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Troubles (New York Review Books Classics) Paperback – October 31, 2002
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— Times Literary Supplement
A tour de force … sad, tragic, also very funny.
— The Guardian
Farrell wrote superbly; all his books had a quality that hallmarks great literary talent—he could “do” texture. This album—which is what Troubles feels like—records the same Anglo-Irish as Elizabeth Bowen knew and belonged to. As with Bowen, this feels like the real thing (which is all a novel has to do). Always judge a writer by his grasp of what he doesn’t know: Farrell died young yet his old people are almost his best creations.
— Frank Delaney, The Guardian
About the Author
John Banville was born in Wexford, Ireland, in 1945. He is the author of many novels, including The Book of Evidence, The Untouchable, and Eclipse. Banville’s novel The Sea was awarded the 2005 Man Booker Prize. On occasion he writes under the pen name Benjamin Black.
Top Customer Reviews
Edward Spencer, a conservative Protestant loyalist, runs a decaying 300-room hotel on the coast of County Wexford. Regarding himself as a benevolent landowner, he nevertheless demands total submission of his tenants and the signing of a loyalty oath to the King. His ironically named Majestic Hotel, lacking maintenance during the war and its aftermath, is now too costly to repair. When British Major Brendan Archer, newly released from hospital, arrives at the Majestic to reintroduce himself to his fiancée Angela, daughter of the proprietor, the reader quickly sees the Majestic as the symbol of a faded aristocracy which has outlived its usefulness. The windows are broken, the roof is leaking, and decorative gewgaws and balconies are hanging loosely, threatening to crash. Walls, floors, and even ceilings, are swelling and cracking from vegetation run wild, and the hotel's ironically named Imperial Bar is "boiling with cats," some of which live inside upholstered chairs and all of which subsist on a diet of rats and mice. Irish rebels live just outside the hotel's perimeter.
With wry humor and a formidable talent for description, Farrell conjures up nightmarish images of life in the hotel, selecting small, vivid details to make the larger thematic picture more real.Read more ›
A thousand mushrooms crowd to a keyhole."
"A Disused Shed in Co. Wexford". Derek Mahon.
Irish poet Derek Mahon dedicated the haunting poem quoted above to J.G. Farrell, author of "Troubles". It is a marvelous poem that pays tribute to an absolutely marvelous book; one of the finest books I have read in recent memory.
Farrell, born in Liverpool in 1935 is best-remembered for three books. "Troubles", "The Siege of Krishnapur" (which won Farrell the U.K.'s 1973 Booker Prize), and "The Singapore Grip". Shortly after publication of "The Singapore Grip" Farrell moved to Ireland. He died a few months later when, apparently while fishing, he was swept out to sea and drowned, at age 44. Each of these three books, known collectively as the "Empire Trilogy, is set during a time of crisis in what was once the British Empire. "The Siege of Krishnapur" is set in India during the Indian Rebellion of 1857 and "The Singapore Grip" is set in Singapore at the beginning of World War II at the time of the Japanese attack and occupation of Singapore.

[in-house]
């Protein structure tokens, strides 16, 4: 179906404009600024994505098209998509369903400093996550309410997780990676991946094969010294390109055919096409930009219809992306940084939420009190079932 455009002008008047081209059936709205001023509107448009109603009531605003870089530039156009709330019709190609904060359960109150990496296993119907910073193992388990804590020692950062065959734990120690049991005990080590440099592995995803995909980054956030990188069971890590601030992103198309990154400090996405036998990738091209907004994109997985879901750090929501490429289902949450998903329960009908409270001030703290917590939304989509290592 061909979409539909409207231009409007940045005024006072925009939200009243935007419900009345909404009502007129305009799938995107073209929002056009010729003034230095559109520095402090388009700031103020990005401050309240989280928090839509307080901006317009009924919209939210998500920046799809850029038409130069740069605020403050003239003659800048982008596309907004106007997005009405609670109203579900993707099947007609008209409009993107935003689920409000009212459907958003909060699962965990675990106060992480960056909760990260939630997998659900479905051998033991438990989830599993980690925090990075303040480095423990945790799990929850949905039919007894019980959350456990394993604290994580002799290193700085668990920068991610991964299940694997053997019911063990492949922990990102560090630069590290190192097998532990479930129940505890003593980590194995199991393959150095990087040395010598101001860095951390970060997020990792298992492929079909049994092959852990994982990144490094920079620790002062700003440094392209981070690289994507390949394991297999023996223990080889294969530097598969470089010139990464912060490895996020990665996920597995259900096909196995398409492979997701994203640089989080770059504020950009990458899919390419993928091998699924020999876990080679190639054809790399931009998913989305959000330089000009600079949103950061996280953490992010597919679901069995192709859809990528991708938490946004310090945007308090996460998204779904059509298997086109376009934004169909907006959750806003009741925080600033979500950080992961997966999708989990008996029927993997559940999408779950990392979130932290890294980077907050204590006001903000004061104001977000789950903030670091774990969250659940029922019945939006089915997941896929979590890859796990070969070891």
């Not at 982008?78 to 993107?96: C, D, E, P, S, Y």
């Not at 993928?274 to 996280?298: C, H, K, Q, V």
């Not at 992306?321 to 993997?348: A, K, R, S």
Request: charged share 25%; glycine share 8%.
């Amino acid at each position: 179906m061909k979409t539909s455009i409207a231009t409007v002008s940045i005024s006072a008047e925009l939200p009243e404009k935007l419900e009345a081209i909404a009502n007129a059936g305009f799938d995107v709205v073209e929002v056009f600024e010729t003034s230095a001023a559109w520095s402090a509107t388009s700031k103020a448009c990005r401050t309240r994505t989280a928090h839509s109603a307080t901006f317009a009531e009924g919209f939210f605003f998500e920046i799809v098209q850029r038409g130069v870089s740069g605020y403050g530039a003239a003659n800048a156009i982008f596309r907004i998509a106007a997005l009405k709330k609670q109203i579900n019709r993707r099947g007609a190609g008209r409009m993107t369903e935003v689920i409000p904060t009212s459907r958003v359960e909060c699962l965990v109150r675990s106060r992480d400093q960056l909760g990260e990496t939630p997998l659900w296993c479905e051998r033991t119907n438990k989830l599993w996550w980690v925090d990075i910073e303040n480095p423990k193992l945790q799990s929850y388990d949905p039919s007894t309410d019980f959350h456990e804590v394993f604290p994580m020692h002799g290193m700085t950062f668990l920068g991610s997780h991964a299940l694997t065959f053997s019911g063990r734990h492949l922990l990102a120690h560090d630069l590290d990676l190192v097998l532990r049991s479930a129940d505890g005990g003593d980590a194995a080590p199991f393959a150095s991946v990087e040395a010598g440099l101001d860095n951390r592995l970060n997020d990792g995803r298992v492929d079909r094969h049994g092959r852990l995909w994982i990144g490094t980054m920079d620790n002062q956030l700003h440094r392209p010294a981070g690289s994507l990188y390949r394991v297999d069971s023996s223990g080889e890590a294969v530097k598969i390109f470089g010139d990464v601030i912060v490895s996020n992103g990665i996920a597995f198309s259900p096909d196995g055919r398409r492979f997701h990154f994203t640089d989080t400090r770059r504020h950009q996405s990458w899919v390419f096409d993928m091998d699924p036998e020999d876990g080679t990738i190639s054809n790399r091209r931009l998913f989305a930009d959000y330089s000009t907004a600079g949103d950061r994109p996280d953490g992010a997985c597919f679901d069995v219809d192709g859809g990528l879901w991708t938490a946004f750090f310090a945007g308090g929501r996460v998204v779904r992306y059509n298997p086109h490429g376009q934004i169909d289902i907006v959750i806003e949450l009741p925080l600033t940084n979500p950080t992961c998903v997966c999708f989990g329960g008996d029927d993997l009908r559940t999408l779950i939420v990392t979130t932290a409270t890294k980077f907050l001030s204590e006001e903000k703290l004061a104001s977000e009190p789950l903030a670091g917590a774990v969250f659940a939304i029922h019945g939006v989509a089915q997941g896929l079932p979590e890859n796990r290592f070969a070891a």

"Troubles" takes place in the Irish countryside in 1920, at the height of the turbulence that resulted in the creation of the Irish Republic and the eventual partition of Ireland. The protagonist, the English Major Brendan Archer, is a survivor of the Great War. Upon his demobilization Archer decides to travel from his home in London to Ireland in order to finalize his relationship with Angela Spencer, a young lady he met and perhaps became engaged to, while on leave during the war. Angela's father runs what was once a grand hotel, The Majestic, and Archer finds himself immediately swept up in the collapse of what was once a thriving Anglo-Irish community in Ireland.Read more ›
Most Recent Customer Reviews
A terrific historical novel, set in revolutionary post WWI Ireland. Narrated from Irish Ascendancy point of view.Published 17 days ago by anne kane
The story seemed long, but each time I began to read, I was lost in the events and absorbed in the characters. We lost a writer with whom I would have continued.Published 3 months ago by Annie Hendrix
TROUBLES is a distinctive, and mildly disconcerting, novel. It is set in the fictional town of Kilnalough, in the County of Wexford, on the southeast coast of Ireland. Read morePublished 8 months ago by R. M. Peterson
Many reviews already written of this fine novel set during the time of "The Troubles" in Ireland. Read morePublished 9 months ago by Cphe
I was completely absorbed by this novel and have purchased the next two in the trilogy. Farrell's writing is muscular and energetic; he never lost me or bored me, but kept me... Read morePublished 10 months ago by Isobel M. Shapiro
A slow moving but profound portrait of how conflict develops. The place is Ireland, the time is the beginning of the 20th century, and the opponets are the Catholics and the... Read morePublished 13 months ago by Valeria Szigeti